Milli Council Press Meet on Communal Violence Bill and Equal Opportunity Commission Bill
New Delhi, December 14 A press conference on the two Bills “Communal Violence (Prevention, Control and Rehabilitation of Victims) Bill 2005” and “Equal Opportunity Commission (EOC) Bill 2008” was organized here today by the All India Milli Council (AIMC) at the Press Club of India. It was addressed by eminent legal expert and Bombay High Court senior advocate Yusuf Hatim Muchhala; AIMC General Secretary Dr Mohammed Manzoor Alam; and former Delhi Police official Mauji Khan. On this occasion, the following document was released:
Milli Council Demands Major Changes in Bills for Dealing with Communal Violence and Establishing Equal Opportunity Commission
The present Congress-led UPA Government at the Centre is all set to present also the Bills for dealing with communal violence and establishing Equal Opportunity Commission during the current session of Parliament. Therefore, this is high time these issues get our proper attention.
“Communal Violence (Prevention, Control and Rehabilitation of Victims) Bill 2005”
As we already know that a Bill on dealing with communal violence known as “Communal Violence (Prevention, Control and Rehabilitation of Victims) Bill 2005” was introduced in Rajya Sabha by the Ministry of Home Affairs headed by Shivraj Patil four years ago on December 5, 2005 and referred to the Parliamentary Standing Committee on Home Affairs for examination and report. The Bill went into controversy due to objections raised by the NGOs, activists, jurists, academics and others. Now the government proposes to present and get passed the Bill in Parliament with a few cosmetic changes. Therefore, we should see how some meaningful changes are made to remove the apprehensions of the people concerned and satisfy them before any move to get it passed.
The fact is that this time also, the Bill has no major deviation from the original draft. To put this Bill in perspective the words of former Chief Justice of India A M Ahmadi needs mention here: “The Bill came to be introduced in the Rajya Sabha generating lots of hope. At the first blush it is indeed good news for all who have been fighting against the evil of communal violence, which erupts in our country at regular intervals. At the same time care must be taken to ensure that it is not viewed as a lip sympathy and does not turn out to be a mere paper tiger or a remedy worst than a disease, least a well intentioned piece of legislation does not get a bad name."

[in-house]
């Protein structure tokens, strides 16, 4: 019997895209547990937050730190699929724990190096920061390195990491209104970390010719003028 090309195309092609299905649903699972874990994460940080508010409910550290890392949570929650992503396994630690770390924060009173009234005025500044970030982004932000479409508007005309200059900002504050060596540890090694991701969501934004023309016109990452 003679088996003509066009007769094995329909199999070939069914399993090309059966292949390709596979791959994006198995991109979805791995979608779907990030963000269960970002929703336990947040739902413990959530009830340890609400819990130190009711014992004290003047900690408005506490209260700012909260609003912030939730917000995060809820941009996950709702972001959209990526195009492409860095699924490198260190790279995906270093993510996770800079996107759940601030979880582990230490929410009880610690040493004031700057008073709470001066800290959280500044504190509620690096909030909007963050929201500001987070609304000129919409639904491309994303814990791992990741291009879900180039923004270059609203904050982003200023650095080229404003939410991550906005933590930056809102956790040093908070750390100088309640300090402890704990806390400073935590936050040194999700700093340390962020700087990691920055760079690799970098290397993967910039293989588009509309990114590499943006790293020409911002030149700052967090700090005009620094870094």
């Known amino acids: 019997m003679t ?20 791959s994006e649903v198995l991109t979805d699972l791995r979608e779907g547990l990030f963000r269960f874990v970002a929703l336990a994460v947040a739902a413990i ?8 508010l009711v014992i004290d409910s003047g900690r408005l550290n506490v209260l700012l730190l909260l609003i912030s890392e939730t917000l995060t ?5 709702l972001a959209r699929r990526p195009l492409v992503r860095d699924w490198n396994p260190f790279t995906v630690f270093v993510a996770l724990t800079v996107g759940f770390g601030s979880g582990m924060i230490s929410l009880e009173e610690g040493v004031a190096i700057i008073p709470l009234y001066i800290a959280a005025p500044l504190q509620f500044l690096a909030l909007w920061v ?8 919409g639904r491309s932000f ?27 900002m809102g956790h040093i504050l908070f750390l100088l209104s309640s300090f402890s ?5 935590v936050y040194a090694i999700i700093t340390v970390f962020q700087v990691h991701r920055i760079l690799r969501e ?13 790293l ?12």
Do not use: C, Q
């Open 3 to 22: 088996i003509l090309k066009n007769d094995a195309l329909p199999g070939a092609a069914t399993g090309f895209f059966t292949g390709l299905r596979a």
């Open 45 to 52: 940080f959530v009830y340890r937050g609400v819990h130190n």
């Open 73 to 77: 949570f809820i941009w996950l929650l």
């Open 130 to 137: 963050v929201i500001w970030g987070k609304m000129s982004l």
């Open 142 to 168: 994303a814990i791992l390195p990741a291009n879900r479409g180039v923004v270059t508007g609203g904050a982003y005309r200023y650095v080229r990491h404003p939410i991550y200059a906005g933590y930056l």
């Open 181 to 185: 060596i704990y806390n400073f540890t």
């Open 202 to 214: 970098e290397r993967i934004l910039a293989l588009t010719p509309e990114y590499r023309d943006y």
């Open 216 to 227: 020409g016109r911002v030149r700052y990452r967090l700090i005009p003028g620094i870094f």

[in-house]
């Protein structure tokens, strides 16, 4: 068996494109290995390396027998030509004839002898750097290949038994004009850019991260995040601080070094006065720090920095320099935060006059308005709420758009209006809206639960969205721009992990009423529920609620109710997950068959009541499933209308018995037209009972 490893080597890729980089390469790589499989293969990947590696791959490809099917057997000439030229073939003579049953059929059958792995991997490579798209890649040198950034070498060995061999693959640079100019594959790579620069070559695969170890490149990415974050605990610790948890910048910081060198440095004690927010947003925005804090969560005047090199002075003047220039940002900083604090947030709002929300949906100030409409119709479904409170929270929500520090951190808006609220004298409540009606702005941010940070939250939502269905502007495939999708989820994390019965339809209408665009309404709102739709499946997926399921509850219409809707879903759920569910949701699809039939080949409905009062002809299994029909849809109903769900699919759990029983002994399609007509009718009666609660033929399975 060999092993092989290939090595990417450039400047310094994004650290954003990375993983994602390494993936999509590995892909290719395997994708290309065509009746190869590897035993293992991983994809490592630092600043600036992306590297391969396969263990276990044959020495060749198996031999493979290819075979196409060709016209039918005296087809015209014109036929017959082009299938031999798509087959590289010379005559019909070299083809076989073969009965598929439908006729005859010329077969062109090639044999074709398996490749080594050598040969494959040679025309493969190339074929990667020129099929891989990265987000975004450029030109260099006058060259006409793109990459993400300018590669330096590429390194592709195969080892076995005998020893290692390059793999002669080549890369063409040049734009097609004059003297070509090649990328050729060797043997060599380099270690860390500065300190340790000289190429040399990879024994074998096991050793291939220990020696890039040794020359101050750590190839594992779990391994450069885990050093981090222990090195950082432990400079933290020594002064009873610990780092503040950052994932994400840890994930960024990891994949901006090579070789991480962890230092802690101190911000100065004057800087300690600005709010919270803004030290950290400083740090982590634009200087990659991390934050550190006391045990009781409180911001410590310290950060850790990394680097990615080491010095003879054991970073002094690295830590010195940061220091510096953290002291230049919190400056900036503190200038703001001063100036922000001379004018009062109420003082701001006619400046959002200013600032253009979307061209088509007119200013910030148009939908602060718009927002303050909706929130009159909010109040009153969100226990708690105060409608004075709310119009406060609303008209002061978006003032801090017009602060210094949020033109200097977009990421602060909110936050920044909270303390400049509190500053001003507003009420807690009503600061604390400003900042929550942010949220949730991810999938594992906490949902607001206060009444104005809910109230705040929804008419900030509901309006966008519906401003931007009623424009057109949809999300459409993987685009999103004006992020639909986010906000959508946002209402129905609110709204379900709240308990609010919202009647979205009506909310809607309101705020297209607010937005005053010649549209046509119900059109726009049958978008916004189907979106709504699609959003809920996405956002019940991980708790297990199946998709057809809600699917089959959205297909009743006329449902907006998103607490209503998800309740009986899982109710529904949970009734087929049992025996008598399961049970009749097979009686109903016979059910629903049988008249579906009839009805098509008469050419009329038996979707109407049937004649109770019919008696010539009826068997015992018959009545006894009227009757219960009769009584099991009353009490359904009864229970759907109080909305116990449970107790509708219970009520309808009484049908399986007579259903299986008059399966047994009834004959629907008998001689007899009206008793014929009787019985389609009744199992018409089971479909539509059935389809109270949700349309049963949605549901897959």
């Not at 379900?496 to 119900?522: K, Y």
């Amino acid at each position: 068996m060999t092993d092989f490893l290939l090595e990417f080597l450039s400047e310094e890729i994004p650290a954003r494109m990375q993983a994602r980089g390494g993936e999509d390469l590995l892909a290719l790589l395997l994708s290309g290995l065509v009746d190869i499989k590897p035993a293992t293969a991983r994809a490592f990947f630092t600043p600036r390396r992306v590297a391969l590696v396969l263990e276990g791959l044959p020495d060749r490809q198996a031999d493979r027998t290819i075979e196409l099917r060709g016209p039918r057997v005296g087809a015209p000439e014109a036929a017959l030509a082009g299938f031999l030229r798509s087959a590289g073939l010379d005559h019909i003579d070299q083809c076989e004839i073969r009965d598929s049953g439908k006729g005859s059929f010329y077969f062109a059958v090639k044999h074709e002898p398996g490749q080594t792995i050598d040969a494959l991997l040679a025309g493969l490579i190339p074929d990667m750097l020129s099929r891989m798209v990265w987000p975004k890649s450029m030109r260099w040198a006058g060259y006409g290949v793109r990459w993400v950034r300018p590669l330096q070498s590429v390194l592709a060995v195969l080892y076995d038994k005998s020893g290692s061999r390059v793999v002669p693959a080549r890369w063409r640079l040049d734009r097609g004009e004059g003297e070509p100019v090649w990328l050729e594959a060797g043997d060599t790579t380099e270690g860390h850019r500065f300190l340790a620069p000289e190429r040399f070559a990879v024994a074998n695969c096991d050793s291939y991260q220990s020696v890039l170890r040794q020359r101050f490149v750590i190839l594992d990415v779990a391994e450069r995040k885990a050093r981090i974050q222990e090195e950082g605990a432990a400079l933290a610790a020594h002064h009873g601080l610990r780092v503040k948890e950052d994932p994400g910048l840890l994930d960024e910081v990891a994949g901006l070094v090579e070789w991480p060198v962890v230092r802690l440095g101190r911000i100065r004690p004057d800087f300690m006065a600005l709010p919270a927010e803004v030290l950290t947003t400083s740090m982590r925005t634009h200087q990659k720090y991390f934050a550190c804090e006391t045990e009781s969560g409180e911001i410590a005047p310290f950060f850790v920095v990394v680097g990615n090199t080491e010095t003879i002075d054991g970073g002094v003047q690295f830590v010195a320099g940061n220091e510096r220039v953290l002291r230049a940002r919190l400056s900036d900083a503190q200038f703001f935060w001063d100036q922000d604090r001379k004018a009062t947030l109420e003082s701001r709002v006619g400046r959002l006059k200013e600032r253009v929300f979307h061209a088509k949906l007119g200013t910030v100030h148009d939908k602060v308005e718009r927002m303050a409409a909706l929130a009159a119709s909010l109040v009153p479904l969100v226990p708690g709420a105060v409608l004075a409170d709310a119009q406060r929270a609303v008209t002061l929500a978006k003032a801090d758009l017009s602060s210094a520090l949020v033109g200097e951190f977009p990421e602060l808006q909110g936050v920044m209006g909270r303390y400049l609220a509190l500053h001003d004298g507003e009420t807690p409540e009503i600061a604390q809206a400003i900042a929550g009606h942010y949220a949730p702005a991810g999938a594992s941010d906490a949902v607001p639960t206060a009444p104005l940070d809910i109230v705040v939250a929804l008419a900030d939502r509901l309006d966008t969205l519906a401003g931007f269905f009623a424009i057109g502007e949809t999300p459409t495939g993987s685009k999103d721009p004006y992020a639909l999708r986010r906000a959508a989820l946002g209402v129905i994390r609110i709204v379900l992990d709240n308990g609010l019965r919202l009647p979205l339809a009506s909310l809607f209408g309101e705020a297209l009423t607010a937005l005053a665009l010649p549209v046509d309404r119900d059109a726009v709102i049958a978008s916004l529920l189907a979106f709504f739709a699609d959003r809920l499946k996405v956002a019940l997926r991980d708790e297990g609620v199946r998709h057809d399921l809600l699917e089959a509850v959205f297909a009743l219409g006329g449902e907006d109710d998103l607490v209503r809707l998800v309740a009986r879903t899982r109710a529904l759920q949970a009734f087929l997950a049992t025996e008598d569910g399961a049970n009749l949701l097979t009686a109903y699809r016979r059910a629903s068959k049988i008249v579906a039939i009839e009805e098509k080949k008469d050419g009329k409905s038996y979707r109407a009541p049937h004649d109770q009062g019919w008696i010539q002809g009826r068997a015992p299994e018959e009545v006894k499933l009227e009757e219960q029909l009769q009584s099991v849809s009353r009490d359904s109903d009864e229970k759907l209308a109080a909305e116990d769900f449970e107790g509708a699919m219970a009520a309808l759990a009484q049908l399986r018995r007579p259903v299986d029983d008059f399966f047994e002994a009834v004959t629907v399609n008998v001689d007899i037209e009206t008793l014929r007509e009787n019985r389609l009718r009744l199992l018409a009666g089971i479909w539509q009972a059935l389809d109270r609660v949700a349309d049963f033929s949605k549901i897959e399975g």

All India Milli Council (AIMC) feels if this Bill gets passed in its present form, it will be one of the most draconian laws of the time as it empowers the State than the victims and is full of loopholes, which cannot be omitted by mere amending it but would require a redrafting exercise.
Our country needs a comprehensive law to control, contain and abate communal violence but any law drafted and passed without any serious evaluation of the ever-growing communal hate in the country would be suicidal for democratic, secular and multicultural fabric of India.
This assumes significance at a time when recent government figures show alarming increase in communal violence with more than 3,800 such cases reported in the last five years. The year 2008 reported the highest number of communal incidents with most recorded from Orissa, Uttar Pradesh, Madhya Pradesh, Maharashtra and Karnataka.
The data presented to the Rajya Sabha by Minister of State for Home Affairs, Ajay Maken, shows that at least two incidents of communal violence were reported everyday. The total number of communal incidents recorded from the year 2004-2008 was approximately 3,858. Of this, 677 were reported in 2004, 779 in 2005, 698 in 2006, 761 in 2007 and 943 in 2008.
“Equal Opportunity Commission Bill 2008”